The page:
Just days before the voucher press conference, the U.S. Department of Education released a study it had commissioned that concluded students in public schools generally outperform their counterparts in private schools. The study, conducted by the Educational Testing Service, affirmed the findings of an earlier report highlighted in the May 2005 issue of the Phi Delta Kappan titled “A New Look at Public and Private Schools: Student Background in Mathematics Achievement” by Sarah Theule Lubienski and Christopher Lubienski.
The department not only delayed the release of its study, but it distributed the study late on a Friday afternoon, along with the added caveat that the study was of “only modest utility.” In other words, the study did not support vouchers.
WHAT TO DO?
I wish the policymakers in Washington would acknowledge that the American public likes its community schools and that the key to helping our nation’s schools get even better is to develop policies that build on this existing base of public support.
For example, eight of 10 Americans believe that preschool programs for children from low-income households would help them perform better in school as teenagers. Two of three Americans go even further by indicating their willingness to pay more taxes to fund preschool programs for at-risk children. So rather than offer policies like vouchers that feature “other opportunities” but are not supported by the public or by research, why can’t we spend $100 million to fund high-quality preschool programs that the public supports, that research has proven effective and that address the core issue behind NCLB, the achievement gap?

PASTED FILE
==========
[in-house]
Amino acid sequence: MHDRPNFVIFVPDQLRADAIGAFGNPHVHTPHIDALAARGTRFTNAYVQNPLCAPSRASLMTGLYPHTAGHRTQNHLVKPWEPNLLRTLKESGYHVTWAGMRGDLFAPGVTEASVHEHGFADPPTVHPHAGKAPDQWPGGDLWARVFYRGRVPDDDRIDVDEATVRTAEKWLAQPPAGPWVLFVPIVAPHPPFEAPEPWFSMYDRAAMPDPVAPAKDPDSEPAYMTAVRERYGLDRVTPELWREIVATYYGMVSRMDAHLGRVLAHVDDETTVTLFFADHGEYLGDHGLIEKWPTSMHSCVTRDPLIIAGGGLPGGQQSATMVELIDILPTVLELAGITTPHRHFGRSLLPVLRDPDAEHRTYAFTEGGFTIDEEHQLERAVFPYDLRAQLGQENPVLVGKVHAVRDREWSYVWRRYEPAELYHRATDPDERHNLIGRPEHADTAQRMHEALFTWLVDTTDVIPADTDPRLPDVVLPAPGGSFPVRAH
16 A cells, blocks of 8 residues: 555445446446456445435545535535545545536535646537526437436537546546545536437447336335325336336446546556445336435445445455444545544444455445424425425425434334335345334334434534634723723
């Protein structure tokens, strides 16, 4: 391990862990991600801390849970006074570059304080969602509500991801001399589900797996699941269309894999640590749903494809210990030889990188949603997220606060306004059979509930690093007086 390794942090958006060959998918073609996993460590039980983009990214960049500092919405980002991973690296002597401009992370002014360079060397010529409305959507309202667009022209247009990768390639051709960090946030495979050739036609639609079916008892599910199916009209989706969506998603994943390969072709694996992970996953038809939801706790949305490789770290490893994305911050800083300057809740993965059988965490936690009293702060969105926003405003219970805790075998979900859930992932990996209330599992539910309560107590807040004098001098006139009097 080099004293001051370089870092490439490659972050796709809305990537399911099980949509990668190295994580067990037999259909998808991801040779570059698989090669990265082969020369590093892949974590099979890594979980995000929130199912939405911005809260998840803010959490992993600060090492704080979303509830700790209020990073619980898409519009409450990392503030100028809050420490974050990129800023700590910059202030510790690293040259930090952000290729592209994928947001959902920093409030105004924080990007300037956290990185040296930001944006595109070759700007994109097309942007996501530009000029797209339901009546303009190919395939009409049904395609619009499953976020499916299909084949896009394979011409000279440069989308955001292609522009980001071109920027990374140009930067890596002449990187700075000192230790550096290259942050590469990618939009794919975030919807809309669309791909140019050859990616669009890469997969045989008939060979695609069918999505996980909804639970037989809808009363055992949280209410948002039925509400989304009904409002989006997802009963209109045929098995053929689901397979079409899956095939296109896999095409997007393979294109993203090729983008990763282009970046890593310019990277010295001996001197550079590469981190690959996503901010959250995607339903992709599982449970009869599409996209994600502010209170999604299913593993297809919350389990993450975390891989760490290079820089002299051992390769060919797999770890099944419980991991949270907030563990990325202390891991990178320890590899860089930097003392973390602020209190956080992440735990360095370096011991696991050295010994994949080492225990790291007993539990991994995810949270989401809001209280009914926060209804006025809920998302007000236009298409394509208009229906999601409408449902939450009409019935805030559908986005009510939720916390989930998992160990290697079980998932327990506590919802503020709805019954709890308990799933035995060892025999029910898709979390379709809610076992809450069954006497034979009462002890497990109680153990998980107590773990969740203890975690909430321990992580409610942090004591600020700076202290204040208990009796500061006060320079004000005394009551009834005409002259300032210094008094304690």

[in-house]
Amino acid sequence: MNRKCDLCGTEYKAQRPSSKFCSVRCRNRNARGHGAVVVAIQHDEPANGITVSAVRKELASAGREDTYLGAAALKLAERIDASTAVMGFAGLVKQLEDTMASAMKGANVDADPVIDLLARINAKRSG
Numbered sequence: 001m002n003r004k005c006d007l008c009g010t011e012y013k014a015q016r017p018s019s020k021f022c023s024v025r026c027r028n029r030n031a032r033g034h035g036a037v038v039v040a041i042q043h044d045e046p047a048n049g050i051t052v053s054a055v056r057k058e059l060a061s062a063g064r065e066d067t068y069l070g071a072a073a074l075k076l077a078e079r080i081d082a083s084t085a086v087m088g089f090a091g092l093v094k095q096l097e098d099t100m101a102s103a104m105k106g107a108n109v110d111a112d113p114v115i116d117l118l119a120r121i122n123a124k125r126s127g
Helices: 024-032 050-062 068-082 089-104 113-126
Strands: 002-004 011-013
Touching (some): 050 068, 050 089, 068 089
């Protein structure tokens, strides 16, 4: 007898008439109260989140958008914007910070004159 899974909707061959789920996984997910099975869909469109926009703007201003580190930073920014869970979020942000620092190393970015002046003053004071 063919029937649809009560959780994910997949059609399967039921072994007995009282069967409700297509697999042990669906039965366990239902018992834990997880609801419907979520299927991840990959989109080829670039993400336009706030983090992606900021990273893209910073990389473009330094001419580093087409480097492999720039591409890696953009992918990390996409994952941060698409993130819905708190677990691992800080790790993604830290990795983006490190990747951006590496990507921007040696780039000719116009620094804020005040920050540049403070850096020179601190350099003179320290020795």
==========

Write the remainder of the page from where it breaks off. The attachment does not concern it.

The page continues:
There clearly is a failure in
The support local schools enjoy provides a sound base from which to begin that effort. But our political leaders ignore the public’s desires, inflict punitive strategies on the public schools and promote alternatives that lack public support. While this approach persists, the worthy goal of meeting the educational needs of every child will remain beyond reach and too many of our children will still be left behind.
• William Bushaw is executive director of PDK International, The Professional Association in Education - E-mail: firstname.lastname@example.org
Conclusions of the 38th Annual Phi Delta Kappa/Gallup Poll of the Public’s Attitudes
toward the Public Schools:
· CONCLUSION I. The public’s strong preference is to seek improvement through the existing public schools. Policies shaped with this fact in mind are most likely to gain public approval.
· CONCLUSION II. Public ratings of the local schools are near the top of their 38-year range.
· CONCLUSION III. The closer people get to the schools in the community, the higher the grades they give them.
· CONCLUSION IV. Policies at the state and federal levels that build on the assumption that local schools have a high approval rating are likely to gain public support.